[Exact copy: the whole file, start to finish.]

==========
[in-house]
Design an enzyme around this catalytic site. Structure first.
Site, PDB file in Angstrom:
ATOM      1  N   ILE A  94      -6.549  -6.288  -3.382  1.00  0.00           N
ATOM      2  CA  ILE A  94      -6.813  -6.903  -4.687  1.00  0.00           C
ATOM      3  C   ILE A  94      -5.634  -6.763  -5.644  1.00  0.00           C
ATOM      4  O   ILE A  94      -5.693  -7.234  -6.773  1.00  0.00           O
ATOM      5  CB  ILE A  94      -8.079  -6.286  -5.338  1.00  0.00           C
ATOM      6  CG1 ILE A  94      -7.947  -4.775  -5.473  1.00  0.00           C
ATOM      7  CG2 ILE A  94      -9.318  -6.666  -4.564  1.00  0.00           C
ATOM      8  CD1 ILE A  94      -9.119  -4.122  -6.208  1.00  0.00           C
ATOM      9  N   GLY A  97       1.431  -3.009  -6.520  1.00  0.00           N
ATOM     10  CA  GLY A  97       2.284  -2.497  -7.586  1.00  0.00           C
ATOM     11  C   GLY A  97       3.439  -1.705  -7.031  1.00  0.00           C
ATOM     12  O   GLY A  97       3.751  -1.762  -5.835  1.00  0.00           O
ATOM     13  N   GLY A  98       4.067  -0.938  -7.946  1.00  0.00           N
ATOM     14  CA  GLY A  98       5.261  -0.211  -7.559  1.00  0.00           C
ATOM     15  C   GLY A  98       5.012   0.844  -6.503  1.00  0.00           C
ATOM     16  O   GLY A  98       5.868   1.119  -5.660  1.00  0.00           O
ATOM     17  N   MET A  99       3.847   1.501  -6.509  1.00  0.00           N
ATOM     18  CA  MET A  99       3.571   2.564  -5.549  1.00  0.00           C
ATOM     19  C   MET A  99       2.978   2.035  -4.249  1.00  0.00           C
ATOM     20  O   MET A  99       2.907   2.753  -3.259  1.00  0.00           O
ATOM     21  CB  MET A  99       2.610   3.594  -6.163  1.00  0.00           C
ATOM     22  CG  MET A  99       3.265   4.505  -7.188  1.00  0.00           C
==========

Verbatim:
[in-house]
Design an enzyme around this catalytic site. Structure first.
Site, PDB file in Angstrom:
ATOM      1  N   ILE A  94      -6.549  -6.288  -3.382  1.00  0.00           N
ATOM      2  CA  ILE A  94      -6.813  -6.903  -4.687  1.00  0.00           C
ATOM      3  C   ILE A  94      -5.634  -6.763  -5.644  1.00  0.00           C
ATOM      4  O   ILE A  94      -5.693  -7.234  -6.773  1.00  0.00           O
ATOM      5  CB  ILE A  94      -8.079  -6.286  -5.338  1.00  0.00           C
ATOM      6  CG1 ILE A  94      -7.947  -4.775  -5.473  1.00  0.00           C
ATOM      7  CG2 ILE A  94      -9.318  -6.666  -4.564  1.00  0.00           C
ATOM      8  CD1 ILE A  94      -9.119  -4.122  -6.208  1.00  0.00           C
ATOM      9  N   GLY A  97       1.431  -3.009  -6.520  1.00  0.00           N
ATOM     10  CA  GLY A  97       2.284  -2.497  -7.586  1.00  0.00           C
ATOM     11  C   GLY A  97       3.439  -1.705  -7.031  1.00  0.00           C
ATOM     12  O   GLY A  97       3.751  -1.762  -5.835  1.00  0.00           O
ATOM     13  N   GLY A  98       4.067  -0.938  -7.946  1.00  0.00           N
ATOM     14  CA  GLY A  98       5.261  -0.211  -7.559  1.00  0.00           C
ATOM     15  C   GLY A  98       5.012   0.844  -6.503  1.00  0.00           C
ATOM     16  O   GLY A  98       5.868   1.119  -5.660  1.00  0.00           O
ATOM     17  N   MET A  99       3.847   1.501  -6.509  1.00  0.00           N
ATOM     18  CA  MET A  99       3.571   2.564  -5.549  1.00  0.00           C
ATOM     19  C   MET A  99       2.978   2.035  -4.249  1.00  0.00           C
ATOM     20  O   MET A  99       2.907   2.753  -3.259  1.00  0.00           O
ATOM     21  CB  MET A  99       2.610   3.594  -6.163  1.00  0.00           C
ATOM     22  CG  MET A  99       3.265   4.505  -7.188  1.00  0.00           C